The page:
Otto Dix: 1891 - 1969
By Lori Stranger
Born on 2 December 1891, the German painter and printmaker Otto Dix was a leading exponent of the Neue Sachlichkeit (New Objectivity) Movement. His harsh depictions of the World War One and criticism of the Weimar Republic illustrate his importance as a leading critic of the war in the arts.
Exposed to art from an early age, his painter, cousin, Fritz Amann encouraged Dix to pursue his natural artistic talent. In 1910, Dix entered the Kunstgewerbe school in Dresden, now known as the Dresden Academy of Fine Arts, which encouraged a more classical artistic style.
The outbreak of the war in 1914 would drastically affect Dix’s artistic career. Originally assigned to an artillery unit in Dresden, in 1915 Dix was transferred to a machine gun unit where he personal witnessed the brutal deaths and casualties of the trenches; for example at the 1916 Battle of the Somme. Severely wounded in August 1918, Dix was eventually discharged later that year. The traumatic experiences of the war can be seen in Dix’s outpouring of visceral art in the preceding post-war years. In 1924, he published a series of 50 etchings titled, Der Kieg (The War), depicting the horrors of war and its victims. The grotesque elongated forms of soldiers and harsh etched lines neither glorifies war nor heroises the soldiers, but illustrates the harsh reality of soldiers’ experiences.
In the 1920s Dix became an exponent of the Neue Sachlichkeit (New Objectivity) Movement, whose other founding members, George Grosz and Max Beckmann, adopted a post-war resignation and cynicism tone to their works. Dix juxtaposed the decadence of post-war Weimar republic with traumatised soldiers’ returning home offering a critique of modern life in an intensely realistic manner. His notable triptych 1928, The Metropolis, depicts three scenes of urban life, contrasting the struggles of crippled veterans within a leisure society complete with prostitutes and ballroom soirees.
The Berlin Dadaists’, such as Grosz and Heartfield can be seen to have heavily influenced Dix’s style in his adoption of cartoonish, elongated figures and parody. The 1920 Memory of the Mirrored Halls of Brussels depicts a ‘memory’ of the war in which a red-faced drunken general is accompanied by a naked blonde prostitute. The Crystal-palace Brussels cafe setting ran as a brothel during the war. Famous for its mirrored rooms, Dix employs the nightmarish mirrors to expose the subject’s interaction from all angles, as well as perhaps parodying cubism’s fragmentary quality.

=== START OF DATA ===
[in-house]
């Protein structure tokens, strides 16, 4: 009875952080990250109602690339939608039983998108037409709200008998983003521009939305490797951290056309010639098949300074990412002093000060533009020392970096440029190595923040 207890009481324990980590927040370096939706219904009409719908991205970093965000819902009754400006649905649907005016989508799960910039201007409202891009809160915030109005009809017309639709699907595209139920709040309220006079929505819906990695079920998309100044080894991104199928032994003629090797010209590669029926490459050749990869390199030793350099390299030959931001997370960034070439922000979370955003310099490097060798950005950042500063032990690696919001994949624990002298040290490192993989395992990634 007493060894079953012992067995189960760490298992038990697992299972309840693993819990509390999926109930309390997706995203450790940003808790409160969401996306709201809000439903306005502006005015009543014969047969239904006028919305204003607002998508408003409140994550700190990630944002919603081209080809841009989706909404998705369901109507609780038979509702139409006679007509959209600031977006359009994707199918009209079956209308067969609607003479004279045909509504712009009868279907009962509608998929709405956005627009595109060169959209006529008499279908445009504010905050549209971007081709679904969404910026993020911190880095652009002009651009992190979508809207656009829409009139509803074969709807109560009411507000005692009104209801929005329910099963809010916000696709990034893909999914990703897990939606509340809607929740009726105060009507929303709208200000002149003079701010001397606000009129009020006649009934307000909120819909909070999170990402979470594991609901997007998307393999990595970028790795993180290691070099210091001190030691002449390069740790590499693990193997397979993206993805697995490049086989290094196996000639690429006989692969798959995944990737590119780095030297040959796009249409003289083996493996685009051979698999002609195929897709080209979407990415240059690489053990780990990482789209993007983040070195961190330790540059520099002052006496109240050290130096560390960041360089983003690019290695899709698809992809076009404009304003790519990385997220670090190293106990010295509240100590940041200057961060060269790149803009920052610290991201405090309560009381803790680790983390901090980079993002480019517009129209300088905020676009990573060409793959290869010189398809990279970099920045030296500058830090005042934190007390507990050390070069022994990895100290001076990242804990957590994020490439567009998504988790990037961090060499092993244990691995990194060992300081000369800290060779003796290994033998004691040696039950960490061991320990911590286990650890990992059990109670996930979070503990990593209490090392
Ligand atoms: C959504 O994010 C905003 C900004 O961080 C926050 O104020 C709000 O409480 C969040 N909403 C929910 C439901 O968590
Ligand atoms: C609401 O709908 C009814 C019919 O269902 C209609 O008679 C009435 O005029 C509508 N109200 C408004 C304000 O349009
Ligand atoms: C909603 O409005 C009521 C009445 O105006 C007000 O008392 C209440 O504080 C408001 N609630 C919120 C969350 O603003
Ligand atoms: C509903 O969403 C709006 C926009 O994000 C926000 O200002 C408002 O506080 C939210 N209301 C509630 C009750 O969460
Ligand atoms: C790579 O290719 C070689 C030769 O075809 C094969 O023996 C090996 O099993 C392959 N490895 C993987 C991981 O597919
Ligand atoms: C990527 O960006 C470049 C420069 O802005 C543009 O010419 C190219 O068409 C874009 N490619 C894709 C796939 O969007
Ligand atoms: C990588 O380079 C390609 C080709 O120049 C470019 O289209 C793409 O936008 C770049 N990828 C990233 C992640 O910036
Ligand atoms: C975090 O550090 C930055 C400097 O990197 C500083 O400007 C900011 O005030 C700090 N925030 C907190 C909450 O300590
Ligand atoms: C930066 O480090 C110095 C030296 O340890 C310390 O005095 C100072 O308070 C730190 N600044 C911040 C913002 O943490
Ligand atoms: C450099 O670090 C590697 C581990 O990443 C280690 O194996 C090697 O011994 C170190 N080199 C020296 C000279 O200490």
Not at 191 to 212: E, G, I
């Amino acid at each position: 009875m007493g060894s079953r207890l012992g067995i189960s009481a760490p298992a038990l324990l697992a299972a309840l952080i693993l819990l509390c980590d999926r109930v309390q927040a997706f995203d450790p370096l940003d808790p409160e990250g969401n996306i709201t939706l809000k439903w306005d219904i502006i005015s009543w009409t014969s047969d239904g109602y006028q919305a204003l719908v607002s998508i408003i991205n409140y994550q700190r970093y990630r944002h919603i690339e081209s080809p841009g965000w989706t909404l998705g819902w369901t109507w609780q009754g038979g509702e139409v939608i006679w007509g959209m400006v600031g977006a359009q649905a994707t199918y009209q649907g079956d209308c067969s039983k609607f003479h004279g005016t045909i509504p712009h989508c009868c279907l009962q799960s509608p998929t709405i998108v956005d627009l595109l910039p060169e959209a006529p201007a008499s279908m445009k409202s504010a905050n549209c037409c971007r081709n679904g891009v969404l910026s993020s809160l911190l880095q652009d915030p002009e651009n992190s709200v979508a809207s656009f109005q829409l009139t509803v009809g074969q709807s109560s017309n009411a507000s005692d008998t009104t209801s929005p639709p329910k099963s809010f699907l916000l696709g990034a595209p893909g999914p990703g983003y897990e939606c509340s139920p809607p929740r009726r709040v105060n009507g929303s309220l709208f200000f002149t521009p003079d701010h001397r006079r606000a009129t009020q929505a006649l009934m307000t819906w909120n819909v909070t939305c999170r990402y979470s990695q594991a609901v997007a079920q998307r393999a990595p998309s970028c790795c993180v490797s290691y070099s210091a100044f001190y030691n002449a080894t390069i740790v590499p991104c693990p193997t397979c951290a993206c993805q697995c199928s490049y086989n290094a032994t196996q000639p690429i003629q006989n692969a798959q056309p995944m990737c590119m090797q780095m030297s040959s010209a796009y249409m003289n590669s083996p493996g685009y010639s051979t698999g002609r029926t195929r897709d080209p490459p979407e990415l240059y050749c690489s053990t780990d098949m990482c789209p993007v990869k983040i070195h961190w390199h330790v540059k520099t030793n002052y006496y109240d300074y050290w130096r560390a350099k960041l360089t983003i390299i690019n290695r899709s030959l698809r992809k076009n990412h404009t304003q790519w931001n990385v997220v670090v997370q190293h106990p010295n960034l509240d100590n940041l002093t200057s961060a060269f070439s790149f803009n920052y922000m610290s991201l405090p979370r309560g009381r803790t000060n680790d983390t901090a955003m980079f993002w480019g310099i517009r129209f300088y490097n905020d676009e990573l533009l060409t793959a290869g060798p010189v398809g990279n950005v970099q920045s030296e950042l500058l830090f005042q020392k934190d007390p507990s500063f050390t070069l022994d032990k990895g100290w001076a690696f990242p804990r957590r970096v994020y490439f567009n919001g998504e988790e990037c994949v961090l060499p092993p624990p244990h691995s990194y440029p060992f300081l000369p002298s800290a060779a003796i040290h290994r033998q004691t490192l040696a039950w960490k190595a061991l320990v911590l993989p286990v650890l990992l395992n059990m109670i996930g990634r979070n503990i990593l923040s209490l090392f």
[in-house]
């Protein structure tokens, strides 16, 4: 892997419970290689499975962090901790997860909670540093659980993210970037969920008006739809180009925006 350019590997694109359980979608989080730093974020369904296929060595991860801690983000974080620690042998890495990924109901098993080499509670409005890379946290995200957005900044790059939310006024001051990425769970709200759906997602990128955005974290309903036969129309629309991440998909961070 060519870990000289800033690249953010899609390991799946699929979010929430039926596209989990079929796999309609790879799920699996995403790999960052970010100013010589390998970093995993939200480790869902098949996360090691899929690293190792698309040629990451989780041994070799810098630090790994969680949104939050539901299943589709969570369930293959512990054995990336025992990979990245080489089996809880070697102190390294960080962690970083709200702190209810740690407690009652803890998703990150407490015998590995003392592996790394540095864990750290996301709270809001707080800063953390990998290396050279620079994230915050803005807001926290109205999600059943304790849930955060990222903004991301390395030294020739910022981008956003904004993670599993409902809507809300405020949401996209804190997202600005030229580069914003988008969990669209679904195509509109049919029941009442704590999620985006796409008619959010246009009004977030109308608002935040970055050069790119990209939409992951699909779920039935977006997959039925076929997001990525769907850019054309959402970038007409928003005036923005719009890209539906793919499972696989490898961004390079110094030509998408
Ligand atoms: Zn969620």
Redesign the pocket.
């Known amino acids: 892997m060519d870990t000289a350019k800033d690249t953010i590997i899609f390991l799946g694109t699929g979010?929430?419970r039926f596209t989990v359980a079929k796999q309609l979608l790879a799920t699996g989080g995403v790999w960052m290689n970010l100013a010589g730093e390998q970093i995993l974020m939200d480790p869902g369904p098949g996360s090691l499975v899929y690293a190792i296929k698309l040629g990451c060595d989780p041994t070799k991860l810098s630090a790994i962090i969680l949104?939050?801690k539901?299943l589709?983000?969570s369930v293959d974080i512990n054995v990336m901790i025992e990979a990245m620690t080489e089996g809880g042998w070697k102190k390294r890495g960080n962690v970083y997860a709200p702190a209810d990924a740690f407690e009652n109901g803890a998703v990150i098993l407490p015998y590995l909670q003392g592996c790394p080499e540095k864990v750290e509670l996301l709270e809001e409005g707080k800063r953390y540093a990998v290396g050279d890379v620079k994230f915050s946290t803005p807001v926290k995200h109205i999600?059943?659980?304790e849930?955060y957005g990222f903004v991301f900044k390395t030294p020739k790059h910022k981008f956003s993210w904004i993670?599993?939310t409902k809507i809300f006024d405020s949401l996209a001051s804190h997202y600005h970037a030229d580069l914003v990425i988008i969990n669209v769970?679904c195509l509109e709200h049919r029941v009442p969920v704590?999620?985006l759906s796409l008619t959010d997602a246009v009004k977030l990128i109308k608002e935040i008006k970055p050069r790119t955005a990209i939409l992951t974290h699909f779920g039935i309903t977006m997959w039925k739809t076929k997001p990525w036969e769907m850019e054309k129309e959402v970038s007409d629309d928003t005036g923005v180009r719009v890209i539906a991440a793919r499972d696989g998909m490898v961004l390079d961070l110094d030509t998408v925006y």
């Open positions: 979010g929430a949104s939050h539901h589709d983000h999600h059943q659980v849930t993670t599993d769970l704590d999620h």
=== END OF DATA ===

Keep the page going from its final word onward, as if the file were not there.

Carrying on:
By 1926, Dix’s reputation had grown to the extent that he received a professorship at the Kunstakademie, in Dresden, which he maintained until the rise of the Nazis in 1933. The Nazi regime’s preference for conservatism and classical art appeared in stark contrast to Dix’s critical parodies and brutal exposes of German life. Dix’s art was labelled as ‘degenerate’ and he was barred from exhibiting. In 1937, eight of Dix’s works were displayed in the Degenerate Art Museum in Munich as inferior art to the concurrent Great German Art Exhibition. The German’s confiscated 260 of Dix’s artworks, most of which was either destroyed or lost. In 1939, the Gestapo arrested Dix on charges of complicity to assassinate Hitler, however by 1945, Dix was acquitted of the charges and drafted to the Home Guard, serving in the Volkssturm. He was later imprisoned by the French at Colmar spending the rest of the war in a Prisoner of War Camp.
In 1948 his interests turned to lithography as his style softened, turning to a more religious mysticism, as can be seen in his Saul and David (1945) and Crucifixion (1946). These works stand in stark contrast to his early radical exposes of modern society.
Otto Dix died of a stroke on July 25th 1969.
“Otto Dix”, Britannica, accessed 25th November 2018.
“Otto Dix”, The Art Story, accessed 25th November 2018.
“Otto Dix”, Encyclopedia, accessed 25th November 2018.